Monday, October 22, 2018

Late Life: The Chien-Ming Wang Story

Baseball fans insist the National League rules are better than the American League’s, but the experience of Yankee ace Chien-Ming Wang ought to make them reconsider. While running the bases during an interleague game, Wang suffered an injury that short-circuited his career for years. He was the fastest pitcher to reach 50 wins since Dwight Gooden, but during his post-injury years, Wang suffers the indignity of getting cut by triple-A and double-A teams. That is where documentarian Frank W. Chen caught-up with the former Yankee in Late Life: The Chien-Ming Wang Story (trailer here), which opens this Friday in New York.

Wang was the first Taiwanese player signed by the Yankees and by far the highest profile Taiwanese player in the Major Leagues. As a result, he became (and to a large extent remains) the focus of intense media attention and national pride in the Republic of China. For Wang, it has been an honor and a burden, especially following his injury.

After the Yankees cut Wang, he kept plugging, first in the Majors and then the minors, hoping to prove he could still compete on a professional level. Unfortunately, his body often refused to cooperate. It is downright depressing to see the man chosen to start the first home game at the new Yankee Stadium reduced to accepting a contract in the independent baseball league, but it happened. Yet, even though Wang’s story is all about sinkers, it is not a downer. There will be a third act. It is not exactly the Hollywood-style triumph we might chose to script for him, but Wang definitely proves his grit.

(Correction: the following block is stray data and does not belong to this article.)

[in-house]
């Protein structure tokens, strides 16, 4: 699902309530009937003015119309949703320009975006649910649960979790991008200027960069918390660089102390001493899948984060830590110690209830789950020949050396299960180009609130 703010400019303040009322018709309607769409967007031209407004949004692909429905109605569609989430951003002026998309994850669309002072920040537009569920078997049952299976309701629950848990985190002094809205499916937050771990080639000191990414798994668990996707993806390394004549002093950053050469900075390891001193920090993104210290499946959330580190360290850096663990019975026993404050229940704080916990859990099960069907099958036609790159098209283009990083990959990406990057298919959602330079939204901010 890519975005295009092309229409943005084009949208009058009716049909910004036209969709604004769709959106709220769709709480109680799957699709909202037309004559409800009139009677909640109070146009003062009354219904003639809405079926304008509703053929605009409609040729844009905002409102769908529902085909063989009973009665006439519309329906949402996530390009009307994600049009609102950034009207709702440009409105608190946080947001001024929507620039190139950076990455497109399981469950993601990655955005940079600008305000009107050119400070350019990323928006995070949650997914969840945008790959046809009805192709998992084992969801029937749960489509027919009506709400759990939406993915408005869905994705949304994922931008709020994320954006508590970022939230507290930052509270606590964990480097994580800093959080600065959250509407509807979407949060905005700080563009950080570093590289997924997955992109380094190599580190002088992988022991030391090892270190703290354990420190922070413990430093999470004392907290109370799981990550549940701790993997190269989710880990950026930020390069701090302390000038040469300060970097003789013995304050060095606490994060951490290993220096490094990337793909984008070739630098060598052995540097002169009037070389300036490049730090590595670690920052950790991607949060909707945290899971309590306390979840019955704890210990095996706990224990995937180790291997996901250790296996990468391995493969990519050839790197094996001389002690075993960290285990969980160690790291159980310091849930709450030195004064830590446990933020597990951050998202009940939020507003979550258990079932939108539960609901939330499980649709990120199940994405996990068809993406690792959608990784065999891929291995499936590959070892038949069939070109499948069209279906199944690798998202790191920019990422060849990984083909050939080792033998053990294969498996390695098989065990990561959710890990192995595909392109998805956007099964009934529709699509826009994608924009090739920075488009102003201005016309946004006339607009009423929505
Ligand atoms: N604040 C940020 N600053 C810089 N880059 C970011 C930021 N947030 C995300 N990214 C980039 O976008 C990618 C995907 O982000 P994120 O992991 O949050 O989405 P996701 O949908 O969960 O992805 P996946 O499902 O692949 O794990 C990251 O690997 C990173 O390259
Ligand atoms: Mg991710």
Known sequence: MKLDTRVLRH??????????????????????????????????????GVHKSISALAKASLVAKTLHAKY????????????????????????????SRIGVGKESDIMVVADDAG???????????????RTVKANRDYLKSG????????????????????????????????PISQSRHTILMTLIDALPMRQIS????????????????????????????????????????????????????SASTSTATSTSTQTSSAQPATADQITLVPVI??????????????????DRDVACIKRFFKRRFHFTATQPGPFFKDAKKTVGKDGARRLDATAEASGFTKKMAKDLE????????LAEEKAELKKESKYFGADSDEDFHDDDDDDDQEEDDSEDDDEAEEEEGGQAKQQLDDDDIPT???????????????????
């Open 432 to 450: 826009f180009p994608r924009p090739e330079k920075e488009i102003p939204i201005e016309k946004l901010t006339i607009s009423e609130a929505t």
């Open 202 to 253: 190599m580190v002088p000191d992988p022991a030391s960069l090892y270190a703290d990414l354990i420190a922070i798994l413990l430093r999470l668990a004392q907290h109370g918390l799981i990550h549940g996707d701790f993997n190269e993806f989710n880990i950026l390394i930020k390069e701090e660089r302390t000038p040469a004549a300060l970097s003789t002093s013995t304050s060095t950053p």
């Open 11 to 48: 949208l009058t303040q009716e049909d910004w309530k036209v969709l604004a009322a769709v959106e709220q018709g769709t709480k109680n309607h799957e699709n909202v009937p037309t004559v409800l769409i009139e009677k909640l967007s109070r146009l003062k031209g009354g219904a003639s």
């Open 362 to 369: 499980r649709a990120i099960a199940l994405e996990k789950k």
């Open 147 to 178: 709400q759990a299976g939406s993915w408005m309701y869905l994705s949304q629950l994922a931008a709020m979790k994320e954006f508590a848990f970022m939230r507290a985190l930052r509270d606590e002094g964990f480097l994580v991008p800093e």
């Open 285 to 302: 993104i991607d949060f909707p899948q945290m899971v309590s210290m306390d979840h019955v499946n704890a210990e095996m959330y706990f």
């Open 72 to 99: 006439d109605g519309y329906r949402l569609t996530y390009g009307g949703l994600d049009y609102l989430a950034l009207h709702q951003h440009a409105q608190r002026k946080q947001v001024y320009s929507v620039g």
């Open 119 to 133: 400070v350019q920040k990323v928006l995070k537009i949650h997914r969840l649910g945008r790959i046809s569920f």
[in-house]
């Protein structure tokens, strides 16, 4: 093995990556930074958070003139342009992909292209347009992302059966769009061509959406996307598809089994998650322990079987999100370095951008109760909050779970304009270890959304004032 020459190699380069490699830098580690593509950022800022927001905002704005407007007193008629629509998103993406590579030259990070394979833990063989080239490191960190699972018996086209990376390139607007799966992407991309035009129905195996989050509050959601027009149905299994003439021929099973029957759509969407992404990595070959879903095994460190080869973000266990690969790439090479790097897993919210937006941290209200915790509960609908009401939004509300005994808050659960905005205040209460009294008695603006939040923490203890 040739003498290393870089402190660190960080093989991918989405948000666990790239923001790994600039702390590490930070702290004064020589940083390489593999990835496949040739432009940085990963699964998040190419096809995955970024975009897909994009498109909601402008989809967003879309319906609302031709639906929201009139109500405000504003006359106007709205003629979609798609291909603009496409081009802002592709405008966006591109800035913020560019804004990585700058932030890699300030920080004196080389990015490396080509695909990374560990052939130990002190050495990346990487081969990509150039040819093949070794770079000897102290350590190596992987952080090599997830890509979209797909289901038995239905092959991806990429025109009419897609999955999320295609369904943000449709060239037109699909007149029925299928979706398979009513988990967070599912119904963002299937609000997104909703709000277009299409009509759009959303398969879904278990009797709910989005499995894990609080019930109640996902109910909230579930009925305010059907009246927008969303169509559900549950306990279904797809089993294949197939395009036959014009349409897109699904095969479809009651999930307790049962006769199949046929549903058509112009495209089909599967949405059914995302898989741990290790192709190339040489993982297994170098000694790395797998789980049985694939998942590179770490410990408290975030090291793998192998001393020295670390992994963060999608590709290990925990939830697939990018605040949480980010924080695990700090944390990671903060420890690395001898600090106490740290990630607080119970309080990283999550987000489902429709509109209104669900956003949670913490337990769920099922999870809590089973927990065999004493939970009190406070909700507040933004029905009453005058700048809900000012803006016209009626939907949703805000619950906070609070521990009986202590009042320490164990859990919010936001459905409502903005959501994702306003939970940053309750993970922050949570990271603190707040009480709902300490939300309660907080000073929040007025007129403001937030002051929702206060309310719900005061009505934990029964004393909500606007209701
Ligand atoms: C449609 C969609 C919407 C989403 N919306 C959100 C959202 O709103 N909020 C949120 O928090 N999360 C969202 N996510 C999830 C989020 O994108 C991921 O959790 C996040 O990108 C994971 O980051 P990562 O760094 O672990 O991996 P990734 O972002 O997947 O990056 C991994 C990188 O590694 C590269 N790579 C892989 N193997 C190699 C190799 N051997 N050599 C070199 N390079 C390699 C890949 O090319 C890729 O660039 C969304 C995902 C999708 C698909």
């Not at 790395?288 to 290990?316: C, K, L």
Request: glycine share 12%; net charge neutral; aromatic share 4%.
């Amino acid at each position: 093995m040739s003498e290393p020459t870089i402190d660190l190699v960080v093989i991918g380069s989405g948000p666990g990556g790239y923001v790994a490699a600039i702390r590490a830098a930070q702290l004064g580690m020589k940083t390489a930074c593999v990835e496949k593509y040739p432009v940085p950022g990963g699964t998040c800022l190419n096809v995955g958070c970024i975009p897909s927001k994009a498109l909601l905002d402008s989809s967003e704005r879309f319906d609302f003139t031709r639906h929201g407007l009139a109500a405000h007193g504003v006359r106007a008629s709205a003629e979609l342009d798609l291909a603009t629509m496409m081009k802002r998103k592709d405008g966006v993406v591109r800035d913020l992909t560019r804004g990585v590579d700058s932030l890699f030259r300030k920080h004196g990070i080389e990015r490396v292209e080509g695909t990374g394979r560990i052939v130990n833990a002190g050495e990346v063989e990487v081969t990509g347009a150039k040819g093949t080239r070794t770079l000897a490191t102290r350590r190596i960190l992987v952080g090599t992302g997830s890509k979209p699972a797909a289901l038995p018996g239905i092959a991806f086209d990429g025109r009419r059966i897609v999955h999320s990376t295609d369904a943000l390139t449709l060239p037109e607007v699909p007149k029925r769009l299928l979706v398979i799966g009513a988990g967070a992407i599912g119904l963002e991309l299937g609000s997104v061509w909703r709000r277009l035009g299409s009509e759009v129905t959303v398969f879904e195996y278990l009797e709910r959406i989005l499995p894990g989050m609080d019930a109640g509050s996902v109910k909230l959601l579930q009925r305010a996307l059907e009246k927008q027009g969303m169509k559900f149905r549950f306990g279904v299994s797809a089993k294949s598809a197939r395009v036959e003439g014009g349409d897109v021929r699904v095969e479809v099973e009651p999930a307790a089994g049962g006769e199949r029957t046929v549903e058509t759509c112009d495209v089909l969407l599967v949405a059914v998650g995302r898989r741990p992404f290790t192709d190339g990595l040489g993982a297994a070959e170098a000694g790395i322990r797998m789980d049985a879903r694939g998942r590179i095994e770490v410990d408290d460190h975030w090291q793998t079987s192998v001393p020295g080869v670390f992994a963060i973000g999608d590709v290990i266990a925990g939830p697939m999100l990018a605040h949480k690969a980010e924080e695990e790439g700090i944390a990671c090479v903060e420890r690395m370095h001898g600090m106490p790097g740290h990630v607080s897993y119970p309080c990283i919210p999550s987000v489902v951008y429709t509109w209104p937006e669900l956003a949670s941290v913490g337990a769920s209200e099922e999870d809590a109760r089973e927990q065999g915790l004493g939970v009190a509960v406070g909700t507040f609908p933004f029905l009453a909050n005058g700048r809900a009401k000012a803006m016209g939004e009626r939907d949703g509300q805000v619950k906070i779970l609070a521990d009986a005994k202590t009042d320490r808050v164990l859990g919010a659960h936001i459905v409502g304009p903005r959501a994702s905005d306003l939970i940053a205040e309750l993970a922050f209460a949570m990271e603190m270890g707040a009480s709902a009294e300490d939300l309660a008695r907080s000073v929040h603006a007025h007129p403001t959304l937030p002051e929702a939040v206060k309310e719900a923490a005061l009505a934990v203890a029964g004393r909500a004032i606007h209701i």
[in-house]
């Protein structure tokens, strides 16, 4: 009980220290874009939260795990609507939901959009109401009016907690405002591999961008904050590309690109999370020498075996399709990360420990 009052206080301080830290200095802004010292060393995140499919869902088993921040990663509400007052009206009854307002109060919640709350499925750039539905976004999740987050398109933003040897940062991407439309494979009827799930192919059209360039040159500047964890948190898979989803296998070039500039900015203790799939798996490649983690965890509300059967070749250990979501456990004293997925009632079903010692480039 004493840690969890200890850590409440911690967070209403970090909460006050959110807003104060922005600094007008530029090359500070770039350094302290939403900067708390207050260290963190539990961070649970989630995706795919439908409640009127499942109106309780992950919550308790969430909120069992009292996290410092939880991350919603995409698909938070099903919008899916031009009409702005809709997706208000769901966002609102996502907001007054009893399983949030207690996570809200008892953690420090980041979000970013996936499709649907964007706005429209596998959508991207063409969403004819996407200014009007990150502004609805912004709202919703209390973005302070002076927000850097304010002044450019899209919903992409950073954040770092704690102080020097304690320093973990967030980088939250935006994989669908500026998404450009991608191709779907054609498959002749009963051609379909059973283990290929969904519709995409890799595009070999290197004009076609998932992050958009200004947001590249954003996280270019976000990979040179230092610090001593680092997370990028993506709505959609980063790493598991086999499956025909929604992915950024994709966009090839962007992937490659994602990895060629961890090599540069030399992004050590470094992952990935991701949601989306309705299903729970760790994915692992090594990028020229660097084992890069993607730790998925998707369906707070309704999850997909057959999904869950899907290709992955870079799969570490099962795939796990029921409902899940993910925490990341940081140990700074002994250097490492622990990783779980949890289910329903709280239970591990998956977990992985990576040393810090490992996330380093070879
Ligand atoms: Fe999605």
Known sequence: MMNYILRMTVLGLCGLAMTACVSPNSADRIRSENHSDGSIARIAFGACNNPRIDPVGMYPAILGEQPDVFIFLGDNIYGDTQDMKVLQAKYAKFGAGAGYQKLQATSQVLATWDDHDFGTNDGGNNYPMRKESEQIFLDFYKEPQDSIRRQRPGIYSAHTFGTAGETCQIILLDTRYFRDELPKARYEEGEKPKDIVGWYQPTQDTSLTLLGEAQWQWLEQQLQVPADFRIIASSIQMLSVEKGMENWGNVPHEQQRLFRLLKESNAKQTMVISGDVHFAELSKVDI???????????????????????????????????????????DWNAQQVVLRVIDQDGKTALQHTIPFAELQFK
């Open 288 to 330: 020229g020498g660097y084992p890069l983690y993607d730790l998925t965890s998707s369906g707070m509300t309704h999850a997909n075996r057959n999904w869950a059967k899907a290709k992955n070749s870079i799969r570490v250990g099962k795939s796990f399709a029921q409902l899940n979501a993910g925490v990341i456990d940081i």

The truth is, it is the imperfection and struggle that makes his story engaging. Frankly, Wang is so reserved by nature, he never really reveals much to the audience. However, the emotions expressed by his wife, coaches, and trainers is quite moving—and more than sufficient to keep viewers invested.

You can tell what the loss of Wang’s potential (a 19-game winner two seasons in a row) meant to the Yankees when former GM Brian Cashman sits down for an interview. It is also quite poignant to watch Wang’s visit with the now deceased Billy Connors (former Yankees VP of player development and supplemental pitching coach), because they are both trying to raise the spirits of the other.

It is impossible to watch Late Life and not wonder what might have been if Wang were not running the bases during a non-rivalry, regular season interleague game. Sure, purists argue pitchers are less likely to bean players when they also have to stand in the batter’s box, but by the same logic, should we bring back leather helmets so football players will avoid knocking heads? Regardless, Late Life is a compelling real-life sports story, particularly since it involves the New York Yankees. Highly recommended, Late Life opens this Friday (10/26) in New York, at the AMC Empire (and it is currently playing at the Regal Rockville Center 13, for fans who remember Wang’s stint with the Nationals).